The main reservoir is humans, although other primates can be as well. The bacteria have a predilection for lung tissue. However, it can spread through the bloodstream or lymphatic system to other parts of the body..

Likewise, thanks to its morphological characteristics that give it a certain resistance, it can survive for several weeks in dust, clothes and carpets. In sputum it can lie dormant for months.


The Mycobacterium tuberculosis it is a bacterium that to develop in a culture medium needs certain nutritional requirements.

As a carbon source you can use compounds such as glycerol and as a nitrogen source, ammonium ions and asparagine. It also requires albumin, which can be incorporated as an addition to chicken eggs or serum albumin..

Various types of culture medium can be used. Among the most common and functional are: synthetic agar medium and thickened egg medium.

Synthetic agar medium

Contains cofactors, vitamins, oleic acid, glycerol, catalase, albumin, and defined salts. This type of medium is very useful to determine the morphology of the colonies and thus study their susceptibility..

Thickened egg medium

The main ingredient is complex organic substances, such as those contained in fresh eggs and egg yolks. They also have glycerol and defined salts.

Required environmental conditions

Regarding temperature, various studies have shown that the optimum is at 37 ° C. This is because this bacterium has become accustomed to human body temperature. Below 34 ° C it stops growing and above 40 ° C it denatures and dies.

Likewise, it is important to remember that it necessarily requires oxygen to develop, so it must be ensured that this element is available when cultivating..

Depending on the bacterial content of the sample taken for the culture, it may take between 6 and 8 weeks to notice the appearance of colonies.

It is common that antibiotics are added to the culture medium that are innocuous for the Mycobacterium tuberculosis, in order to prevent the proliferation of other types of bacterial cells.


The Mycobacterium tuberculosis it is the main causative agent of an infectious disease known as tuberculosis. The main organ that is affected by this disease is the lung, although cases have been described in which the bacteria have migrated to other parts of the body, causing considerable damage..

Pathogenesis of tuberculosis

The main means of transmission are the secretions expelled by people with the disease, mainly when they cough..

When coughing, they release small, imperceptible particles of liquid, in which a large number of bacterial cells are contained. When evaporating, bacteria remain that can be inhaled by healthy subjects.

As the gateway to the body is inhalation, they pass directly to the respiratory tract, which they travel until they reach their accommodation site: the pulmonary alveoli..

As with all pathogens that enter the body, they stimulate the production of chemical messengers known as lymphokines and cytosines. The function of these molecules is to attract macrophages, cells of the immune system that fight infections.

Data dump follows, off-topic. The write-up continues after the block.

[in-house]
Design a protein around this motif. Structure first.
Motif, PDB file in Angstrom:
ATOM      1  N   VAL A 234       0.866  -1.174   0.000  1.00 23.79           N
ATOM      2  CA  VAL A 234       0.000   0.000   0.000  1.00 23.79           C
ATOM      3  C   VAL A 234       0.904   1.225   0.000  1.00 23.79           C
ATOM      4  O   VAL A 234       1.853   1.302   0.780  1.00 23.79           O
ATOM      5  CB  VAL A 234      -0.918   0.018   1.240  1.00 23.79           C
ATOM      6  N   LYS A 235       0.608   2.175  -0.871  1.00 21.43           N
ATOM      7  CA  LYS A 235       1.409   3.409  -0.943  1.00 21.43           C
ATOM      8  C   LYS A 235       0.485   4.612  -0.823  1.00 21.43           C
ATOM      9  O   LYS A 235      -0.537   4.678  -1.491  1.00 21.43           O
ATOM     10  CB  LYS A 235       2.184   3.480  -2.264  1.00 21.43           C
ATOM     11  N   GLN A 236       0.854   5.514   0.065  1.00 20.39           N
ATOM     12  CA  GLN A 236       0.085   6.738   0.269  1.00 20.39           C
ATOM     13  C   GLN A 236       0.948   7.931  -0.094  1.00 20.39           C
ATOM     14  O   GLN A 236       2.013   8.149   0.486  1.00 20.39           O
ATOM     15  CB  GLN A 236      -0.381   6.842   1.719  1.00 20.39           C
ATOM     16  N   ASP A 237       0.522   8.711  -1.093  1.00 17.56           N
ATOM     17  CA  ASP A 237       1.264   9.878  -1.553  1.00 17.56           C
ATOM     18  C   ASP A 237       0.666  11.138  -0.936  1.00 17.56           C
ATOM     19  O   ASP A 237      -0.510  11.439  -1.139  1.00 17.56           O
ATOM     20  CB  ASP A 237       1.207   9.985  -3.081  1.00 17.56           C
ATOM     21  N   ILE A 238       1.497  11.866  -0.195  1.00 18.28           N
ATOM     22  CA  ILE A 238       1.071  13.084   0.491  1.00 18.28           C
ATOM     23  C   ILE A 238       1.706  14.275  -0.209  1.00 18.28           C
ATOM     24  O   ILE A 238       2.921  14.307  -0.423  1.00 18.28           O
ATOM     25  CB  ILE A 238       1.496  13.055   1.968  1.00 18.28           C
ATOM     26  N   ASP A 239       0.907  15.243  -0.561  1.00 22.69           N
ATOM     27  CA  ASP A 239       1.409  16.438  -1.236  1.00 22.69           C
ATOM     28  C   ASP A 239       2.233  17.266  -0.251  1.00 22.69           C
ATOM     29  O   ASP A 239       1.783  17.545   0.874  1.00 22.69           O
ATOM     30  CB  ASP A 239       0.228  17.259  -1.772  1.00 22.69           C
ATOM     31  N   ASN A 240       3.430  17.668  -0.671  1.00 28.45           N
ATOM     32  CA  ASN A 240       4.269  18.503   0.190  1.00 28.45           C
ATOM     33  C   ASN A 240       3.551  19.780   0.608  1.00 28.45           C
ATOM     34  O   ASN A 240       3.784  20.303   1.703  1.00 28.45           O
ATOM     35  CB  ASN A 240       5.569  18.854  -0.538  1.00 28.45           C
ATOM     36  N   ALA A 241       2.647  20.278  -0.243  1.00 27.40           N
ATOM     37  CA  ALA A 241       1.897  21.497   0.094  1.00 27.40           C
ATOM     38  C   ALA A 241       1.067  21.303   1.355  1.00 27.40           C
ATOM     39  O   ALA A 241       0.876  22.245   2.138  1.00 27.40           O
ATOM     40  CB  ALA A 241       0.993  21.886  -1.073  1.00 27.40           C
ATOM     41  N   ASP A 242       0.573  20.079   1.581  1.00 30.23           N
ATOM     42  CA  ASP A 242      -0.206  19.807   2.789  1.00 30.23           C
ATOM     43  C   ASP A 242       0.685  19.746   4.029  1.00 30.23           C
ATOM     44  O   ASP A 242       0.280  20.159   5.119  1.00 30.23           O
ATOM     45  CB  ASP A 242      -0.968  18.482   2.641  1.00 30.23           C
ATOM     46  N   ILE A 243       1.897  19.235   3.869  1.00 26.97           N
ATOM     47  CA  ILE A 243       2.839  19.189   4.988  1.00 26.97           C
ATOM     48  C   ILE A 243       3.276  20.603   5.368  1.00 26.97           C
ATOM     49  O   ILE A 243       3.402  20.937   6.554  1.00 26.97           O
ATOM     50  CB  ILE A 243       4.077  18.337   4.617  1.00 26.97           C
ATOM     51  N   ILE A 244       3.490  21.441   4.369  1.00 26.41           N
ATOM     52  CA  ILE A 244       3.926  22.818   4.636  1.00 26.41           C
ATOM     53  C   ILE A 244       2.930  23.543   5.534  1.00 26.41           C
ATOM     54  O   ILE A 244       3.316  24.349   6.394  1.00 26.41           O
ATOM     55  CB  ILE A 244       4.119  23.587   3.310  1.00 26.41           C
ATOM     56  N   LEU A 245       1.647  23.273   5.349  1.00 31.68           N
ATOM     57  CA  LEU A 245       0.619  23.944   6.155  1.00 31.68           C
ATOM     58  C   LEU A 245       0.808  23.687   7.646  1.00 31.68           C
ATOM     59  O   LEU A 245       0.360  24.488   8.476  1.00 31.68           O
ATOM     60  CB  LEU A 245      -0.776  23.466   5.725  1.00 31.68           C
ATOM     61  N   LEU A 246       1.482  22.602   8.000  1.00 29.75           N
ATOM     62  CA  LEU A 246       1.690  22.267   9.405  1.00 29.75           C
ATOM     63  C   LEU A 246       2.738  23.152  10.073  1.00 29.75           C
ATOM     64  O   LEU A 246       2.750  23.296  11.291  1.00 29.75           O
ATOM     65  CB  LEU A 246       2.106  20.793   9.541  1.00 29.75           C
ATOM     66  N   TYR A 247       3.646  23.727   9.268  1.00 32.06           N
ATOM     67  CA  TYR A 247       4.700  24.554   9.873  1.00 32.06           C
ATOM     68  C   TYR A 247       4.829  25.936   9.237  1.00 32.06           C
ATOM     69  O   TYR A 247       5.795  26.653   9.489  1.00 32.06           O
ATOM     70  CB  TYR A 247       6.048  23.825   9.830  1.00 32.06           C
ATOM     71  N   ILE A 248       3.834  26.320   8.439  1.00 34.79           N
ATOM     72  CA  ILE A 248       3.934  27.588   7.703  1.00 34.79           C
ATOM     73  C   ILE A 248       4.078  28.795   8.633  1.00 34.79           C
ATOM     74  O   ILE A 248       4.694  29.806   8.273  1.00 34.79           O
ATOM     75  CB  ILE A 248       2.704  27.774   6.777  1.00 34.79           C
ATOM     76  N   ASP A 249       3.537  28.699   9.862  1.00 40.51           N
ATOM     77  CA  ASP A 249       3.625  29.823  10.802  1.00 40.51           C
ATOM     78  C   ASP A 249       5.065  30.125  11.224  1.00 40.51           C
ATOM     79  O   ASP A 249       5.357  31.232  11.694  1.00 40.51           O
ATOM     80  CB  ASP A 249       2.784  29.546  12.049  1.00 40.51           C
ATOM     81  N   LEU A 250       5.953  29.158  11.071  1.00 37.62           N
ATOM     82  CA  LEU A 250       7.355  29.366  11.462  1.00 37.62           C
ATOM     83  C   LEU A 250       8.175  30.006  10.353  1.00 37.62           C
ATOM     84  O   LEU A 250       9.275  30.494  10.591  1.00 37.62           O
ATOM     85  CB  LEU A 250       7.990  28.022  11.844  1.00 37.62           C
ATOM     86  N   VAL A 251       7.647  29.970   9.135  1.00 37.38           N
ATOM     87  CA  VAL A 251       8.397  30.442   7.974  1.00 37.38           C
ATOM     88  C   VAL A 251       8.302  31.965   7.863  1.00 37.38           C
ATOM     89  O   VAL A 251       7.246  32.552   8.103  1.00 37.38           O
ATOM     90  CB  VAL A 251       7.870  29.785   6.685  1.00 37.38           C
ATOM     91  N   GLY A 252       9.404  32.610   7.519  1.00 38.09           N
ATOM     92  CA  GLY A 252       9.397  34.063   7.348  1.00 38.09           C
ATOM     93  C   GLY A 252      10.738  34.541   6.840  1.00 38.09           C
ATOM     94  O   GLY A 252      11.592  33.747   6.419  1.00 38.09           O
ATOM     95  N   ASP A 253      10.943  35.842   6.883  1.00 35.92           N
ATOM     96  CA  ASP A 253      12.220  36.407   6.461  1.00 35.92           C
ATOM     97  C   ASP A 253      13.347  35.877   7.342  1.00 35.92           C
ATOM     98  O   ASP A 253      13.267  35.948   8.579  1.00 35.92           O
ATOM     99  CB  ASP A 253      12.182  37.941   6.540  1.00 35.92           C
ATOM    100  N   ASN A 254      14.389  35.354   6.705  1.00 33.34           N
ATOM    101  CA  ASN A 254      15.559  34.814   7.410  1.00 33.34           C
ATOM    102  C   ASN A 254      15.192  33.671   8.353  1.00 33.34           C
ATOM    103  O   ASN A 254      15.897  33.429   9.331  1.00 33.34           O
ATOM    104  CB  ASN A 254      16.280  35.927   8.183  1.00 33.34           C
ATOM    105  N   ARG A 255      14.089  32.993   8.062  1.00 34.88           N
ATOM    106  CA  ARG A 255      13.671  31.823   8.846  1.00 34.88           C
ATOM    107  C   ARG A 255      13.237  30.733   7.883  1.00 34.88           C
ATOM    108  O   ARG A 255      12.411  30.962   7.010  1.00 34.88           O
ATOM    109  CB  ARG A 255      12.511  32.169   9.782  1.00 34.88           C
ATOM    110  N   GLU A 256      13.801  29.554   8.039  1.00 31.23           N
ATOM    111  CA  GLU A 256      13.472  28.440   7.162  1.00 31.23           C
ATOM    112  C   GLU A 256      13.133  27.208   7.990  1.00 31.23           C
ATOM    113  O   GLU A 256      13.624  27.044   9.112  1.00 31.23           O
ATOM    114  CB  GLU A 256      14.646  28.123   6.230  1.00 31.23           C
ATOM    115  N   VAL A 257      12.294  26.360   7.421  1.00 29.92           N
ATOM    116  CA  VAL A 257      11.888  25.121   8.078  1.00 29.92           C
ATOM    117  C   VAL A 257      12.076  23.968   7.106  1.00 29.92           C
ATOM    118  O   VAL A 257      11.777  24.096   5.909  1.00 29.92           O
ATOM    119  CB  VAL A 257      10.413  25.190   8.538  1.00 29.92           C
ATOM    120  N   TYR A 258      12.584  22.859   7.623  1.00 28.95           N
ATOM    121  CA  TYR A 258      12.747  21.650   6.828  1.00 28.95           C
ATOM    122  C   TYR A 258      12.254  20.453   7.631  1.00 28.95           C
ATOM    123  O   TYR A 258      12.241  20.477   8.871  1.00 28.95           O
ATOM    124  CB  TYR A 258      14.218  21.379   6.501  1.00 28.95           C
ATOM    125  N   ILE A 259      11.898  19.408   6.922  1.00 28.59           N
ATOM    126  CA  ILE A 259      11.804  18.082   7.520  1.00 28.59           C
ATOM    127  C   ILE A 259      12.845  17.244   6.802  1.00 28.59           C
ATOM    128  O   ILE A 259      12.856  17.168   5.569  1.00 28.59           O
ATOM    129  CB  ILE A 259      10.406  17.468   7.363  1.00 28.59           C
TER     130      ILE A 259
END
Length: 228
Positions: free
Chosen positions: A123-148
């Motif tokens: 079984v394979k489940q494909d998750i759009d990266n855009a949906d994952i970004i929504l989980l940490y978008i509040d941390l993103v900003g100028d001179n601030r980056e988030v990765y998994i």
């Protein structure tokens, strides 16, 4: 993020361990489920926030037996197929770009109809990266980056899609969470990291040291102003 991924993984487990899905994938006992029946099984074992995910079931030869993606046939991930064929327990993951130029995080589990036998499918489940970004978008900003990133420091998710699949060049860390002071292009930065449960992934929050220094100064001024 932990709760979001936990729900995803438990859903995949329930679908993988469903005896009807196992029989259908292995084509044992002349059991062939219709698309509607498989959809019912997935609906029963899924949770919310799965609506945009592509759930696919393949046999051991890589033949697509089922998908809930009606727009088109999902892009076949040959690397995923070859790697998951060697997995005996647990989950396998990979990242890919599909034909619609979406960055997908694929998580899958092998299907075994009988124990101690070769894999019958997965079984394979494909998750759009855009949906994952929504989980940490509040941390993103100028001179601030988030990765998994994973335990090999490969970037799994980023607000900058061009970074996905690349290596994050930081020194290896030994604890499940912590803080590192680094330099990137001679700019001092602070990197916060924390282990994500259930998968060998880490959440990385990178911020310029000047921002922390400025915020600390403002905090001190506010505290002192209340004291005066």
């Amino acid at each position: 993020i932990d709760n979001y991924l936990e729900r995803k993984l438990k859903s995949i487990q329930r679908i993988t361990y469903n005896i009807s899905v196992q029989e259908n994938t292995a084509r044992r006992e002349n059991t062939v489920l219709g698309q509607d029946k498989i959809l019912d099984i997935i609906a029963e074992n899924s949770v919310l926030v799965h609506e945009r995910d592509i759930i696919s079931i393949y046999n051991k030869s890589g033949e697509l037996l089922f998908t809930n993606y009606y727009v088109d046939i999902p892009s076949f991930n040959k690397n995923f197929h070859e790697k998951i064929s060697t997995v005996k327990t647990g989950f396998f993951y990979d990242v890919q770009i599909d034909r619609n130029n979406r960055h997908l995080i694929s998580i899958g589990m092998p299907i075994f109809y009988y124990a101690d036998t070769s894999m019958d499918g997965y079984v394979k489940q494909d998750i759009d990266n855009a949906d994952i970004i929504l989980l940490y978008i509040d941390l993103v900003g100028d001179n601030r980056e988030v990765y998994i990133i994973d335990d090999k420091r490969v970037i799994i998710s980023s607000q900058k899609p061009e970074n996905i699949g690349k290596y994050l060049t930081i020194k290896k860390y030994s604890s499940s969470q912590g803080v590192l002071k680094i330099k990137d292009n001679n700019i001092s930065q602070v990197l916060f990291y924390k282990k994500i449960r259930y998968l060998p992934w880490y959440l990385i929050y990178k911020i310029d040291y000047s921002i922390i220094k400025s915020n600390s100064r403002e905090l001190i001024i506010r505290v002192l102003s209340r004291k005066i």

The bacterium infects macrophages and begins to proliferate in them, causing the characteristic lesions of this pathology in lung tissue..

Virulence factors

Virulence factors are a determining element in the development of an infection. They are defined as the various mechanisms that a pathogen has to infect the host.

In the case of Mycobacterium tuberculosis, virulence factors are as follows:

Chord factor: Its function is to make the bacterial cells group together, thus forming cords.

LAM (Lipo-arabic-mannan): its function is to prevent macrophages from being activated, in addition to promoting the entry of bacteria into them through biochemical mechanisms.

Sulfatides: they prevent the phagosomes in which the bacteria is contained from fusing with the lysosomes for their disintegration.


As in many other pathologies, in the case of tuberculosis it can happen that the person is a carrier of the bacteria, without showing symptoms. This is known as latent tuberculosis..

X-ray with lungs affected by Mycobacterium tuberculosis. Source: By UnknownUnknown author [Public domain], via Wikimedia Commons

On the other hand, a significant number of people who acquire the bacteria manifest a set of symptoms. This is what is called active tuberculosis. In this case, the symptoms that manifest are the following:

  • General malaise (fever, fatigue)
  • Weightloss
  • Constant cough
  • Night sweats
  • Bloody expectoration
  • Pain in the chest, when breathing and coughing.


Treatment for tuberculosis lasts for a long time. When a person suffers from the disease, they must take medications for a period of time ranging from 6 to 9 months.

Among the most common medications to treat this disease are:

  • Pyrazinamide
  • Rifampcin
  • Isoniazid
  • Ethambutol

Of course, the dose and the selection of the drug is made by the doctor taking into account certain parameters such as the age of the patient, their general state of health and the possible resistance to drugs of the infectious strain..

It is vitally important to comply with the treatment in its entirety. If it is suspended prematurely, it could run the risk of generating resistance in bacteria that are still alive, which could lead to an increase in virulence and severity of the disease.